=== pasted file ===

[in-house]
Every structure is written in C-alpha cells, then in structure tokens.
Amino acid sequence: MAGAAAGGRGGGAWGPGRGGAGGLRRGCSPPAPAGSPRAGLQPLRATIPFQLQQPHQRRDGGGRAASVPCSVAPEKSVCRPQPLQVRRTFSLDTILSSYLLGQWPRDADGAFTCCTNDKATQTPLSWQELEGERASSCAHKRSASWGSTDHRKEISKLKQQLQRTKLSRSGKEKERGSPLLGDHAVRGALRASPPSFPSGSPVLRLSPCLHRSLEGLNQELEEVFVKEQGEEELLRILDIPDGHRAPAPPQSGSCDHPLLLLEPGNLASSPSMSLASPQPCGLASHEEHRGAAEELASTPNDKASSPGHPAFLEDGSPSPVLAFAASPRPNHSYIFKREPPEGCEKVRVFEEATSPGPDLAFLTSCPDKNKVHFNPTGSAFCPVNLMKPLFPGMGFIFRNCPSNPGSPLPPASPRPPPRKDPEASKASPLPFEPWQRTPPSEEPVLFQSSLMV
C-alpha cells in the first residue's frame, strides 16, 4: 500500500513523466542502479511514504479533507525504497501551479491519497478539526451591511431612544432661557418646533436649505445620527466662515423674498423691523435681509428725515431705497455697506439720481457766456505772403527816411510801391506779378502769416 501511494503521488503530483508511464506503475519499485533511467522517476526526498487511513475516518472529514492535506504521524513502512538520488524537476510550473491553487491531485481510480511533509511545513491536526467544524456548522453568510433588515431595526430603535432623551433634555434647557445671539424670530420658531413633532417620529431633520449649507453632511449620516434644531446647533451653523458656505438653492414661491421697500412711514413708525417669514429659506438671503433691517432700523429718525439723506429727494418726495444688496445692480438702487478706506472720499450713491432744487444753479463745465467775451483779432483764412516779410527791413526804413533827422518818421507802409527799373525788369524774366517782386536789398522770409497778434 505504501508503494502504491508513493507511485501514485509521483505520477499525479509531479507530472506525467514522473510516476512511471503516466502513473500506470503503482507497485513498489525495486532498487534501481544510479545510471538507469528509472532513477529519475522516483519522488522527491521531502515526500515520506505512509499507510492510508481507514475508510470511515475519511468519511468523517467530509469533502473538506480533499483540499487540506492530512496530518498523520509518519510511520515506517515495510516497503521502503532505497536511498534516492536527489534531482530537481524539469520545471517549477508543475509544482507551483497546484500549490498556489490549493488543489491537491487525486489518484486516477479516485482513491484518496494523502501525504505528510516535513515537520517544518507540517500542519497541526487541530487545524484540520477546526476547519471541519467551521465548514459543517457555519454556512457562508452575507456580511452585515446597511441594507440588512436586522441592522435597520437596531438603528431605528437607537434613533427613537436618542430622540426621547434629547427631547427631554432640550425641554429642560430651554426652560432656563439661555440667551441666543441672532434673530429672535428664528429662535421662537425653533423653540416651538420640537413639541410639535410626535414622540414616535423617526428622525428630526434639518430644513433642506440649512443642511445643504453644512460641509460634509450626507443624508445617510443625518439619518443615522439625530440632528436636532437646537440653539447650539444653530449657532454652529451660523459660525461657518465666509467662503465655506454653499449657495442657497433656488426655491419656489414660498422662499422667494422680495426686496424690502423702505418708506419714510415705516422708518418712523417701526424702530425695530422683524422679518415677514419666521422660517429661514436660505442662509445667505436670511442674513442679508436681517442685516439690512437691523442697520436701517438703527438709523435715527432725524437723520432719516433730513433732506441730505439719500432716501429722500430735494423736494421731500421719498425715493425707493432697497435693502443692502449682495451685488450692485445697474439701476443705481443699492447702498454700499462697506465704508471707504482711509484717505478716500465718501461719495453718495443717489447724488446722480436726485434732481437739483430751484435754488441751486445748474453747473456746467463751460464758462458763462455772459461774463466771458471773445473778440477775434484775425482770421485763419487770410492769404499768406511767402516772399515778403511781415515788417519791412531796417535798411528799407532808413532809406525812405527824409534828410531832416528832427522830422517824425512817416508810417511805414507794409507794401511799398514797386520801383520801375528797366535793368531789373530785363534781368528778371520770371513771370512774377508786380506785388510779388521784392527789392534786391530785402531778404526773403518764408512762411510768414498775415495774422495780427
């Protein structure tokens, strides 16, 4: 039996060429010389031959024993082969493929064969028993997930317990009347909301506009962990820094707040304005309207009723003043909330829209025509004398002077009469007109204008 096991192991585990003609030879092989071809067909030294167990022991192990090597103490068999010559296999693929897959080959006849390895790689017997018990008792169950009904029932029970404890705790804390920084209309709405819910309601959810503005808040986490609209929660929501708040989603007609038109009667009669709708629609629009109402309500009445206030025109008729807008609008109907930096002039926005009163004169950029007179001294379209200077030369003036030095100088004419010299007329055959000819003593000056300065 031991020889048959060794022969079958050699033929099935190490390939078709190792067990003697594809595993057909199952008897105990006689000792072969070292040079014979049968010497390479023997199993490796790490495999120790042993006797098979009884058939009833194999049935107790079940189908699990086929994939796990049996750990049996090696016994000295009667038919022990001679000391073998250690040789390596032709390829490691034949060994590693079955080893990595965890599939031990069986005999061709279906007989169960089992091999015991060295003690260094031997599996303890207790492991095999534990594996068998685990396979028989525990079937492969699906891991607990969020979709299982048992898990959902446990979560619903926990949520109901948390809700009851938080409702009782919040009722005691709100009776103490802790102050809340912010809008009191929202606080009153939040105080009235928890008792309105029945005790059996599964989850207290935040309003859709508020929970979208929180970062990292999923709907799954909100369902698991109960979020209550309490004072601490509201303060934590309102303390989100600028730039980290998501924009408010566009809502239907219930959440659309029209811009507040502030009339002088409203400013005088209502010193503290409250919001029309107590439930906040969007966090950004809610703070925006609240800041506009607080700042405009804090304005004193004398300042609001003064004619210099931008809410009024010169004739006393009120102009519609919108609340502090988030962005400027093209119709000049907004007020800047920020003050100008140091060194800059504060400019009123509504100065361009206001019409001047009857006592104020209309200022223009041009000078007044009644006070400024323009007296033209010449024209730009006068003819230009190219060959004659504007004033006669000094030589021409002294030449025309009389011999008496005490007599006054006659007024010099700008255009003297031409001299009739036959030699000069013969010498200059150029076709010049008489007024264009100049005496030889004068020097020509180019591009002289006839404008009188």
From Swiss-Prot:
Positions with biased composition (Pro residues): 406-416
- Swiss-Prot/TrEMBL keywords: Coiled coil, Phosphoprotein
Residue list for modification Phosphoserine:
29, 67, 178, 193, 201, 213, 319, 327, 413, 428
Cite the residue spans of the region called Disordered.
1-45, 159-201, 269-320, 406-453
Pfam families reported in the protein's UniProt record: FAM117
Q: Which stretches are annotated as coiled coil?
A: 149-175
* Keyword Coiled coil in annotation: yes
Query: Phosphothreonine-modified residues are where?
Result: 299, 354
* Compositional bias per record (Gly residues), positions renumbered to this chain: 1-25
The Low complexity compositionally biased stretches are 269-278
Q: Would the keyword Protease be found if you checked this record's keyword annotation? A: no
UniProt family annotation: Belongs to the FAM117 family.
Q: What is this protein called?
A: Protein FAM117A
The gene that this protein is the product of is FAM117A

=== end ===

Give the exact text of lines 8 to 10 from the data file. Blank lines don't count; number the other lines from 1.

- Swiss-Prot/TrEMBL keywords: Coiled coil, Phosphoprotein
Residue list for modification Phosphoserine:
29, 67, 178, 193, 201, 213, 319, 327, 413, 428